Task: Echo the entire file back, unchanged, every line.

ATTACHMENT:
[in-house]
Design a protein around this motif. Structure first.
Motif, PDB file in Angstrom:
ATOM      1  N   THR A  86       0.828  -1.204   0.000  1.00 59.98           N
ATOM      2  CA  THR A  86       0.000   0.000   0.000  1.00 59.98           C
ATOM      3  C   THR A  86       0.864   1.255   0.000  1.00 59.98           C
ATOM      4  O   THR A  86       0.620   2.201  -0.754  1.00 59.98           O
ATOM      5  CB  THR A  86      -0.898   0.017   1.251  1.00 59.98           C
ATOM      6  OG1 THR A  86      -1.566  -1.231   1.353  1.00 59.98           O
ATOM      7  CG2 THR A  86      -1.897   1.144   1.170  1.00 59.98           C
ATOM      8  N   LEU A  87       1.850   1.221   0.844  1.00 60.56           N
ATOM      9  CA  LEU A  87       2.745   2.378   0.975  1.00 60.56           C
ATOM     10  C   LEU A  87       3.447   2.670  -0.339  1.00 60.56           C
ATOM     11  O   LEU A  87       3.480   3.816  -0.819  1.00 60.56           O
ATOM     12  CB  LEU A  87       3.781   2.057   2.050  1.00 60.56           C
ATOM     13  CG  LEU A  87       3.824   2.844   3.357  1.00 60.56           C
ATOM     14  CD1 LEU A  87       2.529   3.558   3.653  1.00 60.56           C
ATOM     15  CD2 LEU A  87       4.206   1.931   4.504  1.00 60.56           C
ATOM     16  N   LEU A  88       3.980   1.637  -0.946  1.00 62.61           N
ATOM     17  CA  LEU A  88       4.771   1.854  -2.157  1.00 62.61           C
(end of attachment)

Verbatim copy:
[in-house]
Design a protein around this motif. Structure first.
Motif, PDB file in Angstrom:
ATOM      1  N   THR A  86       0.828  -1.204   0.000  1.00 59.98           N
ATOM      2  CA  THR A  86       0.000   0.000   0.000  1.00 59.98           C
ATOM      3  C   THR A  86       0.864   1.255   0.000  1.00 59.98           C
ATOM      4  O   THR A  86       0.620   2.201  -0.754  1.00 59.98           O
ATOM      5  CB  THR A  86      -0.898   0.017   1.251  1.00 59.98           C
ATOM      6  OG1 THR A  86      -1.566  -1.231   1.353  1.00 59.98           O
ATOM      7  CG2 THR A  86      -1.897   1.144   1.170  1.00 59.98           C
ATOM      8  N   LEU A  87       1.850   1.221   0.844  1.00 60.56           N
ATOM      9  CA  LEU A  87       2.745   2.378   0.975  1.00 60.56           C
ATOM     10  C   LEU A  87       3.447   2.670  -0.339  1.00 60.56           C
ATOM     11  O   LEU A  87       3.480   3.816  -0.819  1.00 60.56           O
ATOM     12  CB  LEU A  87       3.781   2.057   2.050  1.00 60.56           C
ATOM     13  CG  LEU A  87       3.824   2.844   3.357  1.00 60.56           C
ATOM     14  CD1 LEU A  87       2.529   3.558   3.653  1.00 60.56           C
ATOM     15  CD2 LEU A  87       4.206   1.931   4.504  1.00 60.56           C
ATOM     16  N   LEU A  88       3.980   1.637  -0.946  1.00 62.61           N
ATOM     17  CA  LEU A  88       4.771   1.854  -2.157  1.00 62.61           C